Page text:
Japanese psychedelic music at its finest. This review comes from the PopMatters site, May 9, 2006 and written by Daniel Spicer…
This current incarnation of Kawabata Makoto’s Acid Mothers Temple soul-collective, known in these post-Cotton Casino days as the Cosmic Inferno is, as the name suggests, an altogether more incendiary creation than the comparatively whimsical Melting Paraiso U.F.O. Gone are the days when the occasional, acoustic ‘tea-ceremony-in-the-temple’ type track might waft onto an album. These days it’s all about the riffs, and the heavier the better.
Some things, however, don’t change, and here we find Kawabata continuing his tradition of clumsily constructed album titles paying tribute to rock icons: this time around there’s obviously a King Crimson reference but we’re unmistakably in Black Sabbath territory: the album cover features a carefully crafted facsimile of Sabbath’s first album, with Kawabata standing in for the original mystical female cover-star.
Within the first few moments of the monstrous 34-minute title track, it’s plain as night that this whole project is primarily a celebration of Sabbath’s tectonic sludge-rock template. The bottom line is, if you love Tony Iommi’s leaden riffage, you’re almost certain to dig this. Huge-sounding temple drums and gongs set the scene with portentous authority and then it’s heads-down for the central riff: a wonderfully Neolithic approximation of that essential down-tempo Sabbath sound. It’s heavy alright, with Tabata Mitsuru’s bass holding steady and the double drum team of Shimura Koji and Okano Futoshi ploughing the same monomaniacal furrow, but it’s also propelled into typically psychedelic realms by Higashi Hiroshi’s cranium-piercing synth ululations and twitterings, recalling Hawkwind at their most cosmic.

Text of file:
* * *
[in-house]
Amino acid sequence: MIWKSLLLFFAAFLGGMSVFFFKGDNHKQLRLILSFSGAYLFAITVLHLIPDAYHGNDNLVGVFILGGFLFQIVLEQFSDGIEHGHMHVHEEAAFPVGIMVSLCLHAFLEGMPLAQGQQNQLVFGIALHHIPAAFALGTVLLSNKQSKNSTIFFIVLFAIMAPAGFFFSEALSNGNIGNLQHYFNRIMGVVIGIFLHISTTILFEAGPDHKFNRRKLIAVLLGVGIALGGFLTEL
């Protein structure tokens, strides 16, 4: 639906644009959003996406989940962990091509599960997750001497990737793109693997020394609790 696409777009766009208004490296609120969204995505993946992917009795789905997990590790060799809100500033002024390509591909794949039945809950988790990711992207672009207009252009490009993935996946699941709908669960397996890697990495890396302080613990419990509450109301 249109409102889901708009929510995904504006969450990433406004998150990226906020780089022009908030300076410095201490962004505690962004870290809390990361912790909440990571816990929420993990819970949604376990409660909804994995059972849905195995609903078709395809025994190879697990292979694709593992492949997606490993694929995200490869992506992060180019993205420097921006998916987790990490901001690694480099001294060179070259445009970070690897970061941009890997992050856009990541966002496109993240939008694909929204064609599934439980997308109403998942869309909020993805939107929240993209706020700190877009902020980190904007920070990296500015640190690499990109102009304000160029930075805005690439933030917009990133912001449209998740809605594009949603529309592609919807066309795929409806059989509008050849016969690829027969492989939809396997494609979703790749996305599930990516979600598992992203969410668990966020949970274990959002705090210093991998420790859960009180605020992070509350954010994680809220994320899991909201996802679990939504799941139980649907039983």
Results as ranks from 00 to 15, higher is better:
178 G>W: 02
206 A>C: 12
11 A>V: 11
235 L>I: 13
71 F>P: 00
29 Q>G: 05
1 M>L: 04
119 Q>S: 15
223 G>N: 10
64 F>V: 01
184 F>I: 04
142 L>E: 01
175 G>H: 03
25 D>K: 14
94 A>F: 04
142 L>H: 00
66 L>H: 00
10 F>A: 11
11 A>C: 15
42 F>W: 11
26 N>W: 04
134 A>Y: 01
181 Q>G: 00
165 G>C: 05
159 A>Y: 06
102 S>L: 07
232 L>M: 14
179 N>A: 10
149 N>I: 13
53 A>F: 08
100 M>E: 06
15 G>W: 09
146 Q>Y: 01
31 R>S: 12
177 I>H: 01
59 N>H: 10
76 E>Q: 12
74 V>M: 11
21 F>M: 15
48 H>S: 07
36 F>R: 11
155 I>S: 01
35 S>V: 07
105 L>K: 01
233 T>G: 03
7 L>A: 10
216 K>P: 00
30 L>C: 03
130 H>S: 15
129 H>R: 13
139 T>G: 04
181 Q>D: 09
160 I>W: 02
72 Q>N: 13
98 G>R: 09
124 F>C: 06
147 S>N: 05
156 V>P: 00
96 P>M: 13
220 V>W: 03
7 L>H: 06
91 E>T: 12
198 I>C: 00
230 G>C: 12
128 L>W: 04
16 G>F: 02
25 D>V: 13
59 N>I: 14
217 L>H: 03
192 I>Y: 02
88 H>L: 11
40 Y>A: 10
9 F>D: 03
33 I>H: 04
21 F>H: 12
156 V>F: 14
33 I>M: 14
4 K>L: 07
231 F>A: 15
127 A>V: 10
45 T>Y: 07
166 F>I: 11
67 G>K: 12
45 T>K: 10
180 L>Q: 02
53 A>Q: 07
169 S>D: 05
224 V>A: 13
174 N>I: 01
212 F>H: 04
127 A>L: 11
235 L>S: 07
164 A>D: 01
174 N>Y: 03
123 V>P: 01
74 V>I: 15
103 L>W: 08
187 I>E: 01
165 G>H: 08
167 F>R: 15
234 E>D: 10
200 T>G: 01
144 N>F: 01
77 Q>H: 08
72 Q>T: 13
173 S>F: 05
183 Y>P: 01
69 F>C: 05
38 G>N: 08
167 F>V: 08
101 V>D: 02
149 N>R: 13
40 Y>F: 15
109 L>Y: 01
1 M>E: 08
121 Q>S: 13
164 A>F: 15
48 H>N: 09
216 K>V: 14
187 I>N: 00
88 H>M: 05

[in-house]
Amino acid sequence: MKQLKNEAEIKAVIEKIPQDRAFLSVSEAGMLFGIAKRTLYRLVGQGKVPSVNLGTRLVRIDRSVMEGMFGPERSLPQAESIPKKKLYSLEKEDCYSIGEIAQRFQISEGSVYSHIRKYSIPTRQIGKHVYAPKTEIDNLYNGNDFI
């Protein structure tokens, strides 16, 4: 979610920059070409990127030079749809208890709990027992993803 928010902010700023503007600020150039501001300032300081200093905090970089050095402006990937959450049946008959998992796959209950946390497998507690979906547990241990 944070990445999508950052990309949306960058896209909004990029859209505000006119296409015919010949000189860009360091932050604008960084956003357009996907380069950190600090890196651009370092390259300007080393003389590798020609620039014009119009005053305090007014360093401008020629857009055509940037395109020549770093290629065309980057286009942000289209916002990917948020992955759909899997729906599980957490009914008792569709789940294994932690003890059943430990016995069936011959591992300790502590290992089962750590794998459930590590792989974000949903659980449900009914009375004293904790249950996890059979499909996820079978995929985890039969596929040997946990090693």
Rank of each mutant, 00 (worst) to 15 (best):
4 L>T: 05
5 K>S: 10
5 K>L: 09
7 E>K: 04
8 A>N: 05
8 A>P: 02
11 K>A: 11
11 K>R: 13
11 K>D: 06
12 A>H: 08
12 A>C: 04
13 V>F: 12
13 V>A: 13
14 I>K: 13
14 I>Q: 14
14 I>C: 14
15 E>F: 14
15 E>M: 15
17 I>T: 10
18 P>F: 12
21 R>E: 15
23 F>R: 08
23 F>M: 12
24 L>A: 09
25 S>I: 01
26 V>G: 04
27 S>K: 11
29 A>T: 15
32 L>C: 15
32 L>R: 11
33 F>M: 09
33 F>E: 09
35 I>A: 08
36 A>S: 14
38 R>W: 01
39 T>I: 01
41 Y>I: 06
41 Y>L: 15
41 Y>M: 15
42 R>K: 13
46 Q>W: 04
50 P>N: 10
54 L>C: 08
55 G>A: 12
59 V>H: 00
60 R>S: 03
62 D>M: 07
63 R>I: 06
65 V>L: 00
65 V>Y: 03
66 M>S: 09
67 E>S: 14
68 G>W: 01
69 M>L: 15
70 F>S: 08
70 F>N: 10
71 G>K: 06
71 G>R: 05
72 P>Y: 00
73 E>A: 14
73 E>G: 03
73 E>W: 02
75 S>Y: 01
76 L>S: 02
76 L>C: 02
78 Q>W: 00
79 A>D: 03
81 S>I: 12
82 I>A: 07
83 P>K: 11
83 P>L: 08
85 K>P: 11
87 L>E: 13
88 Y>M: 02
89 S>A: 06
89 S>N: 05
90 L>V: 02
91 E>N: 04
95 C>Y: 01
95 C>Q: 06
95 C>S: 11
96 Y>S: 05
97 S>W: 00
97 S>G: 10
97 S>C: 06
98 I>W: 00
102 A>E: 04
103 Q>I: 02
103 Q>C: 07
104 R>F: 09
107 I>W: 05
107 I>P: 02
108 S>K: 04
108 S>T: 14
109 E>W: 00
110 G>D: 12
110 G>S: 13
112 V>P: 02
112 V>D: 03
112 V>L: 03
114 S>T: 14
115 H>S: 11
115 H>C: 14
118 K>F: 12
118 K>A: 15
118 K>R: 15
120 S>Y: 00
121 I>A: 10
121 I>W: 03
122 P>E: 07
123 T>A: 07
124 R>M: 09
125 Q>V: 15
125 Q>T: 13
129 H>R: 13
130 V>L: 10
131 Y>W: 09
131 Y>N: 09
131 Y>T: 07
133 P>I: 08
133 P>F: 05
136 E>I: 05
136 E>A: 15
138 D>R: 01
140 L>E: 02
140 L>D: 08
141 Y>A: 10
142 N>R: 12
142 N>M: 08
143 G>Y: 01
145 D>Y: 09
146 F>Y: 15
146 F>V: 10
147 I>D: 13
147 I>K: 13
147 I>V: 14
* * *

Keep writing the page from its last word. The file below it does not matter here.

Center-stage, however, is Kawabata the axe-hero, wrenching unstoppably dramatic, wah-wah-drenched pyrotechnics from his lead guitar. What’s most fascinating is the way his soloing rarely seems to fall back on blues-rock clichés: it’s obviously part of a lineage that includes Hendrix, Zappa, Cippolina, and countless other Western axe-slingers, yet at the same time it’s filtered through an Asian sensibility that manages to steer it away from the psych-guitarist’s usual comfort-zones into an unfamiliar region that makes for gripping, unpredictable listening.
Eight minutes into this opus, the tension’s ratcheted up a notch with the introduction of the obligatory fast metal riff, and the band’s off on a heavy prog-gallop, with a flanged bass groove, stomping drums, and overdriven, non-stop guitar soloing, which blasts on joyously for around seven minutes before getting back to the serious business of the central riff. Little changes then until the final two minutes of the tune, when the tonnage gives way to a coda of acoustic, raga-folk finger-picking, trailing off into oblivion.
It’s immensely satisfying, unpretentiously straightforward, and undeniably powerful fare, but there’s also no escaping the fact that it’s actually quite difficult to maintain full concentration throughout. As with many of Acid Mothers Temple’s lengthier creations—such as the hour long version of “Pink Lady Lemonade (You’re So Sweet)”, that constitutes the first disc of the three-disc set Do Whatever You Want, Don’t Do Whatever You Don’t Want—it’s all too easy to find your attention wandering. But, the point is, does it really matter? There’s something about the scorched-earth, unflinching, event-less approach to these tunes that suggests Kawabata’s quite happy for them to be drifted in and out of. In an odd way, it’s almost as though this doomy-riff is striving to occupy the same territory as LaMonte Young’s drones, or the most enveloping of ambient soundtracks. In fact, it’s quite possible that this could be the heaviest background music ever created.
Still, all this is merely academic when the second track kicks in. “Woman from a Hell” is a dumb, high-energy mix of classic Motörhead and “Do It!”-era Pink Fairies—the classic Ladbroke Grove proto-metal sound. At just six minutes, it’s something of a filler, but when it’s preceded by this much killer, who’s arguing?